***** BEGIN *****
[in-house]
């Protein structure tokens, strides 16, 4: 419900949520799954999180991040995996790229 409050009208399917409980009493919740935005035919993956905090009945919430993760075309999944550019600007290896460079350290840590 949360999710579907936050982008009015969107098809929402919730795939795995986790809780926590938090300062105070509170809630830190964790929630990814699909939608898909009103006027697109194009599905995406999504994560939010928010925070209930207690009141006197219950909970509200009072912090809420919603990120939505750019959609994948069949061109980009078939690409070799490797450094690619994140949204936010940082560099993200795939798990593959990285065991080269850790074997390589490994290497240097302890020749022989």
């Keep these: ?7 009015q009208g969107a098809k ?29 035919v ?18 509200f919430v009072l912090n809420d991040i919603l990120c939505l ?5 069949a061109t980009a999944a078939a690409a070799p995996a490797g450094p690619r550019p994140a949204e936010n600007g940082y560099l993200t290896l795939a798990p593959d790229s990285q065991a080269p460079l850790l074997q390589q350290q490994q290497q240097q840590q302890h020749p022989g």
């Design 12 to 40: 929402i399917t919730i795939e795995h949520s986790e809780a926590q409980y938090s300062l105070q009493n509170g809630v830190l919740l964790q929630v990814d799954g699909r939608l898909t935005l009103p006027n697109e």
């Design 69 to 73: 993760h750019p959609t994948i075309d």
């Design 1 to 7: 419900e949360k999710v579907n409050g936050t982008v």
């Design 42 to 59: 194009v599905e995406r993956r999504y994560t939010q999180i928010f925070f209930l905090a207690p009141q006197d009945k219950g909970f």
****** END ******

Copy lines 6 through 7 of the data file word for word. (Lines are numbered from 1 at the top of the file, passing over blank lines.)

């Design 1 to 7: 419900e949360k999710v579907n409050g936050t982008v």
């Design 42 to 59: 194009v599905e995406r993956r999504y994560t939010q999180i928010f925070f209930l905090a207690p009141q006197d009945k219950g909970f």